Today the Church remembers the life and witness of Saint Blaise, a 3rd century Armenian bishop who endured terrifying torments and surrendered his life rather than repudiate his profession of Faith.
Much of the life of Saint Blaise is history that has passed into legend, but even these legendary accounts offer spiritual insight.
It is said that Blaise was renowned as a wonderworker, effecting miraculous cures. This would have been enough to attract attention, but he was also not averse to calling out the Roman officials who ruled the region in which he lived, Cappadocia, for their tyranny and intolerance of Christian faith and practice. The combination of a reputation for supernatural power and the courage of his convictions was not welcomed by Rome and the governor ordered Bishop Blaise to be arrested.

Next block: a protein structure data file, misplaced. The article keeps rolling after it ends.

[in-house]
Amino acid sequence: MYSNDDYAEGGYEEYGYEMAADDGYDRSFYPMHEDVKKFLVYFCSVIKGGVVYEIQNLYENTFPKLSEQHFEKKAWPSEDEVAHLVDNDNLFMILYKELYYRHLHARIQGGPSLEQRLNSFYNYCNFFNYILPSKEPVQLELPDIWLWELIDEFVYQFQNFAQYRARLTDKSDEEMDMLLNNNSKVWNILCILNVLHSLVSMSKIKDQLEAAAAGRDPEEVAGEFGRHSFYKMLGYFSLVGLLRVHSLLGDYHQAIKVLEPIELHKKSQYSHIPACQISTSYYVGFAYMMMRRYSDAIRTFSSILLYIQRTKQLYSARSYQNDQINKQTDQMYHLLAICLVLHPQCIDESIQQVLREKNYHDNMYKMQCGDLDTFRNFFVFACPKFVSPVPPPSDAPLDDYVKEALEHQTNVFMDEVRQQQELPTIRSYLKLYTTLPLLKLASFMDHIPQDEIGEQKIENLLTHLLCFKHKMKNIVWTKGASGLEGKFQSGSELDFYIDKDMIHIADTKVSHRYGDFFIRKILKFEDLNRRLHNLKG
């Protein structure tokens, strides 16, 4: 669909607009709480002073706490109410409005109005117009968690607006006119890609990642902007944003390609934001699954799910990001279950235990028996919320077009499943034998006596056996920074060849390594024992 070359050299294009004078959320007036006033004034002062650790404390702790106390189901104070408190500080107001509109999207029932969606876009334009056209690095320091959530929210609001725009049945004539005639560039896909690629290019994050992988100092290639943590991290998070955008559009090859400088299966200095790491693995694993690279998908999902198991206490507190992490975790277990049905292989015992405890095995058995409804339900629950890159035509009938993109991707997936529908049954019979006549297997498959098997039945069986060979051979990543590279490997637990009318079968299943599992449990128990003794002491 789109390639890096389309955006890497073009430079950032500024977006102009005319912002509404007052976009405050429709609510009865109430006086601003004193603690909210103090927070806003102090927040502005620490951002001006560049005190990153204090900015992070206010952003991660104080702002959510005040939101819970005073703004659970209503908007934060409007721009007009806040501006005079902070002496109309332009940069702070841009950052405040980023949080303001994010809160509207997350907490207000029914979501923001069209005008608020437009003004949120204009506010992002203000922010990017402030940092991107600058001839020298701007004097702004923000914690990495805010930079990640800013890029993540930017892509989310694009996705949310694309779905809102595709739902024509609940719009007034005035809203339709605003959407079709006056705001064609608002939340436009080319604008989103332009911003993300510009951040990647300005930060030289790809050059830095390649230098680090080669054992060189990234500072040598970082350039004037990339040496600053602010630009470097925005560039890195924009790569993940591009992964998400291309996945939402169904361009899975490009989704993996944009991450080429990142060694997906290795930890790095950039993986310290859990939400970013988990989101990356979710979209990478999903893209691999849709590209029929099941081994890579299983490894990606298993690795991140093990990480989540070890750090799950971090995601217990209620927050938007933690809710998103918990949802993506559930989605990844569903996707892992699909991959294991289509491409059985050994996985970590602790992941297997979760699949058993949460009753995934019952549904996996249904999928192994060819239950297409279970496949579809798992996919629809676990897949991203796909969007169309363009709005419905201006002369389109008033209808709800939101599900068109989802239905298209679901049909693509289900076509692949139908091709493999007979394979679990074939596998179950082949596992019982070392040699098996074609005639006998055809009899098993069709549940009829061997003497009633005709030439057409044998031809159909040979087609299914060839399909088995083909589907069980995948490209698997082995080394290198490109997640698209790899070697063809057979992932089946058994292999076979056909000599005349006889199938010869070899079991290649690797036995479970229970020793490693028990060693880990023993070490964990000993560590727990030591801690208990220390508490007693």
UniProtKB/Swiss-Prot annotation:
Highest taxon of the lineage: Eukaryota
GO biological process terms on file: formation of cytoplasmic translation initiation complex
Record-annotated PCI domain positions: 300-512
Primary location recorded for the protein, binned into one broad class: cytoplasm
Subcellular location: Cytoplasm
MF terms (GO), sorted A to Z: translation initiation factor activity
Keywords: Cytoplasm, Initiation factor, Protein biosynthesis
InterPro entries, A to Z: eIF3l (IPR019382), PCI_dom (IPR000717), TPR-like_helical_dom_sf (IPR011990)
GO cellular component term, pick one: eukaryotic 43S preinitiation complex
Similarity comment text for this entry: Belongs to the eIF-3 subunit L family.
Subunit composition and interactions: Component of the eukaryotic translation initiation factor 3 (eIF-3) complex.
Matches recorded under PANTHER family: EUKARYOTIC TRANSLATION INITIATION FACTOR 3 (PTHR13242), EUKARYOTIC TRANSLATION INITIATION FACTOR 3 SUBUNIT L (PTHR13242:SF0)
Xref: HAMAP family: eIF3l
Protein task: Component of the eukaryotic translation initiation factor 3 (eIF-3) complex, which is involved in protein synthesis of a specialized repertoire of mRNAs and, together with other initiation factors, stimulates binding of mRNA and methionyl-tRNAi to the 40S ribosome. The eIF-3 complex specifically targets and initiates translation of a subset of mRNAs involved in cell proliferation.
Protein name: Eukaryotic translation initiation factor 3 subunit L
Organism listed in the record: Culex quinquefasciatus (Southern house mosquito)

There is an account of Saint Blaise that identifies not only his pastoral care for the Christian faithful, but also for the animals of the wilderness.
It seems that a woman had witnessed her piglet carried off by a wolf and spoke of her plight to the bishop. Saint Blaise called for the wolf, demanded her return the piglet to its rightful owner, and reminded the wolf of the grave penalty that awaited a thief. The wolf complied and returned the piglet to its owner- a credit to the bishop’s power of persuasion. The woman would later return the favor to Saint Blaise when he was finally captured and imprisoned. She brought to him candles to illuminate his dank and dreary cell.